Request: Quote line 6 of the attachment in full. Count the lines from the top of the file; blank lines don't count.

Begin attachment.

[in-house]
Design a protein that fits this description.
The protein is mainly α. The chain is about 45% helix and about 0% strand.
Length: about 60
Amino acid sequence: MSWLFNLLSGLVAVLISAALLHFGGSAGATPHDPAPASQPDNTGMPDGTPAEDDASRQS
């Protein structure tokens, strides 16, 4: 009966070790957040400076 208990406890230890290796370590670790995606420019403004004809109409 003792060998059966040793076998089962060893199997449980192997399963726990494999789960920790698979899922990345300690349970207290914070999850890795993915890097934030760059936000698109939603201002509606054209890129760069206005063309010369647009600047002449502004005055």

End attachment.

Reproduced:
């Protein structure tokens, strides 16, 4: 009966070790957040400076 208990406890230890290796370590670790995606420019403004004809109409 003792060998059966040793076998089962060893199997449980192997399963726990494999789960920790698979899922990345300690349970207290914070999850890795993915890097934030760059936000698109939603201002509606054209890129760069206005063309010369647009600047002449502004005055």